BBC Philharmonic Orchestra
A K Gruber, conductor
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Work had already begun on this piece- which promised to be very much in the Nordic tradition of Sibelius's tone-poems, always objects of awe and admiration for me - when my wife and I took a brief holiday cruise round the North Atlantic, calling in at Reykjavik among other fascinating places.It was here that I had one of two experiences that helped to focus my thoughts about the piece more precisely. We were on a visit to the city's extraordinary new power station, which doubles as something of a science museum. You could sample here a recording of the subterranean rumblings which had been detected by a seismograph, making us terrifyingly aware of natural forces beyond our control. The bass drum impersonates this sound from time to lime and casts a shadow over the whole work.
During this period I also saw the impressive movie Far North, shot on location in the Arctic,in which one particular spellbinding shot seemed to encapsulate visually something of the feeling that lay behind the textural colourings I had imagined for my piece. The vanaus shades of slate grey that characterised the cliffs, tundra and sea in the foreground and middle ground took the eye far back to where ice cops formed a dazzling silver thread across the distant horizon,lit by sunshine from beyond the edge of the world. If anything of these experiences can be felt in the piece, I will not have failed entirely.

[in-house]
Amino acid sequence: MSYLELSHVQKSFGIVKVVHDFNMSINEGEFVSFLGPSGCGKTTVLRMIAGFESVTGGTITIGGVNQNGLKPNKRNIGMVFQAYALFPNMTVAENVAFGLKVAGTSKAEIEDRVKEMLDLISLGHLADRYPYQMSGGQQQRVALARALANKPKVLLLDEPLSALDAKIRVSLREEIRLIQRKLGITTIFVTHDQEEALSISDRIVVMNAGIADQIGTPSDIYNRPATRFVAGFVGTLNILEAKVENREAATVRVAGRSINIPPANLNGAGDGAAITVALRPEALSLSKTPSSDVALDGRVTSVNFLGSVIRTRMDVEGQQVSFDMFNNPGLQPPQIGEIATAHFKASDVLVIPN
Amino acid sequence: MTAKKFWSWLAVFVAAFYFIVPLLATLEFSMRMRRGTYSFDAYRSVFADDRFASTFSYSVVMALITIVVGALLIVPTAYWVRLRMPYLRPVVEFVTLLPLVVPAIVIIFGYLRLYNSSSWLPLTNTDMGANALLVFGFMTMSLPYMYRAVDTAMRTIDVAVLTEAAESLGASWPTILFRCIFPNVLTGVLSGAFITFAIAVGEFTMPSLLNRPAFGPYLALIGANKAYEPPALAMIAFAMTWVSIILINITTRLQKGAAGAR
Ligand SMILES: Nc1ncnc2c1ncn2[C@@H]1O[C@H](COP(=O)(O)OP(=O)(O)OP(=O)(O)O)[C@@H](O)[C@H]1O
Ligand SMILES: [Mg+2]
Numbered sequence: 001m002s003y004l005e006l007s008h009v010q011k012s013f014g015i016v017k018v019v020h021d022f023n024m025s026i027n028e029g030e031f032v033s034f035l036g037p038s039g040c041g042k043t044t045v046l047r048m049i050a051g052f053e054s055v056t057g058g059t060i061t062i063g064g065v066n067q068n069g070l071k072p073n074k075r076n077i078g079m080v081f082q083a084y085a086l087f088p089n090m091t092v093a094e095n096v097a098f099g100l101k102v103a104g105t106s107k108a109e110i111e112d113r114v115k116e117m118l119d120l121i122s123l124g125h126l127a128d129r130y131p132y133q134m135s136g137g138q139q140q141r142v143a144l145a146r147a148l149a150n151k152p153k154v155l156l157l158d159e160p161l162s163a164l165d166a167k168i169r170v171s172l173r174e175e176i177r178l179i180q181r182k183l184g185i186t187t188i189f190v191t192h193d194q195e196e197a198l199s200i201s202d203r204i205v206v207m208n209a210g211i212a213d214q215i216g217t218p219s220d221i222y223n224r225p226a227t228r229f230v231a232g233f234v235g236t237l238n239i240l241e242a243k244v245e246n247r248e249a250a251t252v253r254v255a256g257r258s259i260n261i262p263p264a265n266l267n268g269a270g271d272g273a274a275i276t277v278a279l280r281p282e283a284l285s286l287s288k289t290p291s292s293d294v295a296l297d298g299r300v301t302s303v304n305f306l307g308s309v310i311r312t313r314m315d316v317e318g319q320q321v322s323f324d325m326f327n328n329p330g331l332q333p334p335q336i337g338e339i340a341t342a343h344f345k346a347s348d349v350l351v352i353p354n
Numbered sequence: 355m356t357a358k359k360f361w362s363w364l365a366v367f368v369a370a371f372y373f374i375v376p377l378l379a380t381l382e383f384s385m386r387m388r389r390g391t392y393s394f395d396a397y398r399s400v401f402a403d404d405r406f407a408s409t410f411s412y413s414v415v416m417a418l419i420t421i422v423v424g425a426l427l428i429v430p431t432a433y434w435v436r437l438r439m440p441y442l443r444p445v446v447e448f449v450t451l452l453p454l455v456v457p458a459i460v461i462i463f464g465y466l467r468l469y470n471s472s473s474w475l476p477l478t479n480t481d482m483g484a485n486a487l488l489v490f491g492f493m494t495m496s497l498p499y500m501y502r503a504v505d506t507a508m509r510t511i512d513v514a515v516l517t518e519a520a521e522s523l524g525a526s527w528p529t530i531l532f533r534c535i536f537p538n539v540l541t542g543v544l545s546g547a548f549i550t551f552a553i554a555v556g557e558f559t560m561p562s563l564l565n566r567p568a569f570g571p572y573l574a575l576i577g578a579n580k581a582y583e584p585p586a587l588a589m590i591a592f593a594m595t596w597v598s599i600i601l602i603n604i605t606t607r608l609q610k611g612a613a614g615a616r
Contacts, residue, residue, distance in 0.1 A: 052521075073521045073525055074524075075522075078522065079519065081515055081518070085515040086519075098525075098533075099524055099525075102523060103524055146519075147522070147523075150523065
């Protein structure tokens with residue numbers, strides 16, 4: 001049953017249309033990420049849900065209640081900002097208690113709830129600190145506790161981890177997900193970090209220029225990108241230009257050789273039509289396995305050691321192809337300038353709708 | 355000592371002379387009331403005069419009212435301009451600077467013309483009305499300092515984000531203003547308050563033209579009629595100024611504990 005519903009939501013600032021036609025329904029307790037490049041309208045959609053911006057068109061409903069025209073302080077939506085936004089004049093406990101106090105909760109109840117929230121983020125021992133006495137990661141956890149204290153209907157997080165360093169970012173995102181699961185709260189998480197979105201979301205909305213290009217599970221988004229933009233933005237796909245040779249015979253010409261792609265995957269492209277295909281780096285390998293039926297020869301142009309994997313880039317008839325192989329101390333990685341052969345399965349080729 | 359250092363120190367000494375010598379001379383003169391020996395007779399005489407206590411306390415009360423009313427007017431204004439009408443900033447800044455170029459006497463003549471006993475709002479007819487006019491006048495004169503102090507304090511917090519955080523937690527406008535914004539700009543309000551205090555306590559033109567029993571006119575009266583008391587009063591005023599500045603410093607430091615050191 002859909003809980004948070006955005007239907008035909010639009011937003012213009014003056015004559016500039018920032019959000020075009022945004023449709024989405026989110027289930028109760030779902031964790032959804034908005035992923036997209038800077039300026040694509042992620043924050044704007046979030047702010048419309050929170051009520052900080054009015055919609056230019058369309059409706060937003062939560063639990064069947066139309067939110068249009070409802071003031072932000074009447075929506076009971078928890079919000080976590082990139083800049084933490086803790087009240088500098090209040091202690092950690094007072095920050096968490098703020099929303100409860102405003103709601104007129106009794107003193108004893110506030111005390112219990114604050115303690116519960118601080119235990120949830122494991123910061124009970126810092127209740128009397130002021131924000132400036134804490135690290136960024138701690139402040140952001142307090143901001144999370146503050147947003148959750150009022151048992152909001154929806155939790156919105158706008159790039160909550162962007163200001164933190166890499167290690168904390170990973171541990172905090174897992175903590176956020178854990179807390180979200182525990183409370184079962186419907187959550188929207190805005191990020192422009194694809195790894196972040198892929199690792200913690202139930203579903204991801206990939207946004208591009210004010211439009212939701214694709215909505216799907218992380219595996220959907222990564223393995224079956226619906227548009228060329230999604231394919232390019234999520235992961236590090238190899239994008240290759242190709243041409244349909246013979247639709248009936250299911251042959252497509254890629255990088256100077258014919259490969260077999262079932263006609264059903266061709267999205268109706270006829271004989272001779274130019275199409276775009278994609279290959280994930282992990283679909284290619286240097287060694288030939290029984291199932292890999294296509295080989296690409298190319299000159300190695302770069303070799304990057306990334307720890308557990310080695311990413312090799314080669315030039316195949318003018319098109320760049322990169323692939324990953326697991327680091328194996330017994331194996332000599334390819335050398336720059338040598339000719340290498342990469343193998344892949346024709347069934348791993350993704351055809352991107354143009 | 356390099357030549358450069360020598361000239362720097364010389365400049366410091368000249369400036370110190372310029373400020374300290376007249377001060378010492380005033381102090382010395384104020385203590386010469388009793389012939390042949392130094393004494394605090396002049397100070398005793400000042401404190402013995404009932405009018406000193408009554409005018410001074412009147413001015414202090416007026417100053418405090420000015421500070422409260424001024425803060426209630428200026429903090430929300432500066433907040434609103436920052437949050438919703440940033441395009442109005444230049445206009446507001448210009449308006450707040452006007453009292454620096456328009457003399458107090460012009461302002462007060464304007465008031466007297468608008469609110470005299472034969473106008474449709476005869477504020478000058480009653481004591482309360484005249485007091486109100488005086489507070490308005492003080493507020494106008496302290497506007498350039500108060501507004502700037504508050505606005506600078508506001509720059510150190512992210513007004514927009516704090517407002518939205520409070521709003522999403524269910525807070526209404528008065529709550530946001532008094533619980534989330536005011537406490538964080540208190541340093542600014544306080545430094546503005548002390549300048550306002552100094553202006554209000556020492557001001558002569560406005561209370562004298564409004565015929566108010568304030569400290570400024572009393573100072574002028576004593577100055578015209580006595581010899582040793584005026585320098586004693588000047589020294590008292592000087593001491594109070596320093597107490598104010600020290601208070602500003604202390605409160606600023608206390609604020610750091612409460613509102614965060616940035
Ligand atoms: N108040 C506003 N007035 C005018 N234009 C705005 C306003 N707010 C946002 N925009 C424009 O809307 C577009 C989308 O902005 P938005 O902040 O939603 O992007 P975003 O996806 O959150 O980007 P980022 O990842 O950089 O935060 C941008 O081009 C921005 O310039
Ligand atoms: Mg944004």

The overall structure is comparatively simple. There are six sections within an unbroken span. After a bellowing trombone, which warns of things to come, the first section unfolds quietly, with drifting harmonies underpinning scraps of woodwind melody. Suddenly, the opening warning returns and explodes in a series of brass-led eruptions to form the second section. This is followed by a fleet-footed scherzo that rarely rises above pianissimo, a chilling dance among the gossamer of ice caves.
The fourth section brings back the opening material in brooder focus and develops into climactic statements, leading ultimately to the fifth section, a massive reappearance of the second section's explosions. The work closes with a string threnody that evolves from by now familiar harmonies. References to the scherzo are woven into the texture, as are memories of the bass drum's seismic activity.
The title reminds us that,as far back as late Tudor and Jacobean limes, there was an awareness of the mysteries and fearful wonders of the Far North. Thomas Weelkes's famous madrigal 'Thule, the Period of Cosmographie' could perhaps be roughly translated as 'Iceland, the edge of the known world'.
Programme note © Anthony Payne